Oil pulling – a traditional remedy originating in India – has many therapeutic benefits. An organic oil, such as coconut or sesame, is swished around in the mouth for about 20 minutes. During this period, antioxidants in the oil break down the cell walls of harmful bacteria, effectively killing them. These bacteria stick to the oil and are “pulled” out of your mouth.

There are many benefits to oil pulling. By reducing the formation of plaque, this technique can help prevent dental cavities, gingivitis, periodontitis and, of course, bad breath.

Tongue Hygiene

While odorous bacteria are often in the gums, poor tongue hygiene also poses a problem.

The back of the tongue in particular is a source of concern. Large papillae (bumps on the tongue often containing multiple taste buds) trap particles and microorganisms that lead to bad breath. A backlog of white blood cells, saliva constituents and flakes of dead cells may all be found here – even in those with otherwise good oral hygiene.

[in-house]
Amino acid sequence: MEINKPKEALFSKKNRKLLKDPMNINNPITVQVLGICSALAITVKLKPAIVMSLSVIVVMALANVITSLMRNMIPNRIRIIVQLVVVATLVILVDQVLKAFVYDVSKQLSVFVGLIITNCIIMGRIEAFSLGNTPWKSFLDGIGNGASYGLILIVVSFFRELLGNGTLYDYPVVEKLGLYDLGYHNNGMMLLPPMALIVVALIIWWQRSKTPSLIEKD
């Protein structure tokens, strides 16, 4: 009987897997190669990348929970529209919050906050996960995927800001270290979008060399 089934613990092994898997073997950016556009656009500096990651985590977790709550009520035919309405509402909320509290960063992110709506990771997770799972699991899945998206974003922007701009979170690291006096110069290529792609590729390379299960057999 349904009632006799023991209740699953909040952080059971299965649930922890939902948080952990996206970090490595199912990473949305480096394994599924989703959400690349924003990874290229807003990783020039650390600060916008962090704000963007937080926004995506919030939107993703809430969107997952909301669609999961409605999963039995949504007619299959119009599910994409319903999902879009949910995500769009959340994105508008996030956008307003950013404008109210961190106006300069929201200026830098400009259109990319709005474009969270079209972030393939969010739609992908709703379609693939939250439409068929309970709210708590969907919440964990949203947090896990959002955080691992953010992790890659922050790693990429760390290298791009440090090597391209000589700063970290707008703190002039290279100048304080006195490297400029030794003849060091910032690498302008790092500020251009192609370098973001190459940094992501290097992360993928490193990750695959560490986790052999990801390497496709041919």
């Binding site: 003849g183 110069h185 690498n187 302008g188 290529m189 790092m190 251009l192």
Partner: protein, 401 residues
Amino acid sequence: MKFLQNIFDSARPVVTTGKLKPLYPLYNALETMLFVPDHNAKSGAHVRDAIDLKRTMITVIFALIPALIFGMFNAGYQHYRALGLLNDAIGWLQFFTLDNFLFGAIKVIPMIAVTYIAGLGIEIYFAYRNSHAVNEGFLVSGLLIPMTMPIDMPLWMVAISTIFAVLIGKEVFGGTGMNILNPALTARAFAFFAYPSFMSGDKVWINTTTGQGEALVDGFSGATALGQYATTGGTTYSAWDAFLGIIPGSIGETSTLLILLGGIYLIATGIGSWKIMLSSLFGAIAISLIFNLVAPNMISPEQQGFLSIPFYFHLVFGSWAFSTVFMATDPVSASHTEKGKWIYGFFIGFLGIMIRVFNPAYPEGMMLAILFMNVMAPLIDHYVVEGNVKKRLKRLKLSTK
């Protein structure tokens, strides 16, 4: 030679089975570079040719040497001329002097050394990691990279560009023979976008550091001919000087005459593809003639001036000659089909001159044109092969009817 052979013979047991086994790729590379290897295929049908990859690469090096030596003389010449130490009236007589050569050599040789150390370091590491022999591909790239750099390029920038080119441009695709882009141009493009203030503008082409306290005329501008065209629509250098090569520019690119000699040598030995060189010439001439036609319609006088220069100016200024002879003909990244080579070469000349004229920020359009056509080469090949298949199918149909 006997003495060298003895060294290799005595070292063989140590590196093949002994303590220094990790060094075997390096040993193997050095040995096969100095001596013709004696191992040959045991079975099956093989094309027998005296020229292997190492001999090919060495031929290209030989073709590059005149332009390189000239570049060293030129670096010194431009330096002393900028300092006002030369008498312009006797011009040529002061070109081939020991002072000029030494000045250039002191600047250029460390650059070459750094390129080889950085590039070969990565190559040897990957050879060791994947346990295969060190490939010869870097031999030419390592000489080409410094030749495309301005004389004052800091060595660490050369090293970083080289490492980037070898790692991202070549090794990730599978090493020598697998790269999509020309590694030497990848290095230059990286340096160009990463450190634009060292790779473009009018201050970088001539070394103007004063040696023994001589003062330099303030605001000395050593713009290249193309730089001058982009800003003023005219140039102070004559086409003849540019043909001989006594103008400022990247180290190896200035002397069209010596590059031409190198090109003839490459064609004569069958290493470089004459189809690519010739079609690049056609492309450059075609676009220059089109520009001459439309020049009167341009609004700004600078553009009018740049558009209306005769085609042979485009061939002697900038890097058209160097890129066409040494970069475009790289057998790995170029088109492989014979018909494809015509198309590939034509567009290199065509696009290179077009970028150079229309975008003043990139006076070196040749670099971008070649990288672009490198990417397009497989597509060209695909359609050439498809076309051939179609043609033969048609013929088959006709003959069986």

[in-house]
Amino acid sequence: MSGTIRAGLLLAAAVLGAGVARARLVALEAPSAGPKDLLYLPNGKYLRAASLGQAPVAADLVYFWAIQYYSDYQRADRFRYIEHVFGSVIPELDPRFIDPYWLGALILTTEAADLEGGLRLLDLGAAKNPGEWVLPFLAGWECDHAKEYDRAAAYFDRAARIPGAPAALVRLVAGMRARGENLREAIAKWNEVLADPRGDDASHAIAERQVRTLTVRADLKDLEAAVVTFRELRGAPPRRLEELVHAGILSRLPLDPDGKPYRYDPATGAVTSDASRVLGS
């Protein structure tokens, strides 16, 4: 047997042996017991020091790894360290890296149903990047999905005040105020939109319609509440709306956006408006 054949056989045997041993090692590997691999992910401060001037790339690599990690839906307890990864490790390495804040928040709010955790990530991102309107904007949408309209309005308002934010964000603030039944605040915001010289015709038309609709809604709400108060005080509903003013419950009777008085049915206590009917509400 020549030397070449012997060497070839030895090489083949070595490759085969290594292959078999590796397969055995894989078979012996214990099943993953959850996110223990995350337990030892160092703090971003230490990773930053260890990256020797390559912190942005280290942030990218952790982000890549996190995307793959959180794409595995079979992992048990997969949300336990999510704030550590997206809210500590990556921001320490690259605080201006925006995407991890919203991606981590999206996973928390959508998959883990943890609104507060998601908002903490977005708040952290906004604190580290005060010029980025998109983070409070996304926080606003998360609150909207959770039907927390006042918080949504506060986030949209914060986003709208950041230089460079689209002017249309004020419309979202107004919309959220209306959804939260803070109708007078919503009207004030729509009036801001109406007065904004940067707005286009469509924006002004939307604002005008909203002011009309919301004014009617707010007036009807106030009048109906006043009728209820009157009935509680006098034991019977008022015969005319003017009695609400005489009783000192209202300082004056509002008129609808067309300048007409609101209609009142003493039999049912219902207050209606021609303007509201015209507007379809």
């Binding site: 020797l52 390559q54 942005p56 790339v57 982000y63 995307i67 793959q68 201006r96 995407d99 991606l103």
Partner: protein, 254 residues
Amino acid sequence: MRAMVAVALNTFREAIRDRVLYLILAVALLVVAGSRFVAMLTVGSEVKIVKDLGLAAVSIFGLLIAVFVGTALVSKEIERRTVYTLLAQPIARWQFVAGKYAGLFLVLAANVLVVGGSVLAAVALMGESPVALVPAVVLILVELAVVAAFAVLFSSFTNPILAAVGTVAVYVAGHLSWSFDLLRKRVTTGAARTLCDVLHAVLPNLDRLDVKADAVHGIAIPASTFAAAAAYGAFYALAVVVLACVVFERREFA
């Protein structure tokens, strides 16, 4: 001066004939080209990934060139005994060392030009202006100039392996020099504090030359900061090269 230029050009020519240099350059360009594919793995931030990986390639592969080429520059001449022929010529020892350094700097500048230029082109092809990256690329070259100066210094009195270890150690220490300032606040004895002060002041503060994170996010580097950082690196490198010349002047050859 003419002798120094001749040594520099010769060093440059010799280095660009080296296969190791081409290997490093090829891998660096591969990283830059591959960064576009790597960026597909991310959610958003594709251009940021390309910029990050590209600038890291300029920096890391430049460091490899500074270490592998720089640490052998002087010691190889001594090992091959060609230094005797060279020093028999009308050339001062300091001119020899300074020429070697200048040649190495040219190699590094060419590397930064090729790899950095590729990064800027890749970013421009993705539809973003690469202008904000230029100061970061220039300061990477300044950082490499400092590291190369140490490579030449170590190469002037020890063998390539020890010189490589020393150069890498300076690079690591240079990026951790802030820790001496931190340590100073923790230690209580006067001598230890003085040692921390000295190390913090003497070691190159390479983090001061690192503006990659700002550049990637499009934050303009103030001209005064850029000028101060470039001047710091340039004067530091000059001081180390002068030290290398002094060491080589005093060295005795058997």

While tongue scraping gives some short term relief, recent studies show the benefit over time is minor. Cleansing your tongue (gently and regularly) won’t cause any harm. If you’re struggling with bad breath, it may be worth a shot. But remember: there are other options.

Healthy Habits To Reduce Bad Breath

For many cases of chronic bad breath, sticking to a few simple lifestyle habits can achieve great benefits:

● Reduce your sugar intake
● Check for food sensitivities (especially dairy and wheat)
● Drink plenty of water
● Practice good oral hygiene
● Eat an alkalizing diet (including raw apples and spinach)
● Increase your intake of probiotic foods
● Drink more green tea

In some cases, further investigation may be warranted. Underlying medical conditions — like sinus infections, acid reflux and diabetes — may be contributing factors to halitosis, so it is important to check in with your naturopathic doctor for the right testing and to tailor a health plan specifically for you.

Let’s face it. Chronic bad breath can put a damper on social life without you even knowing it!

Resources: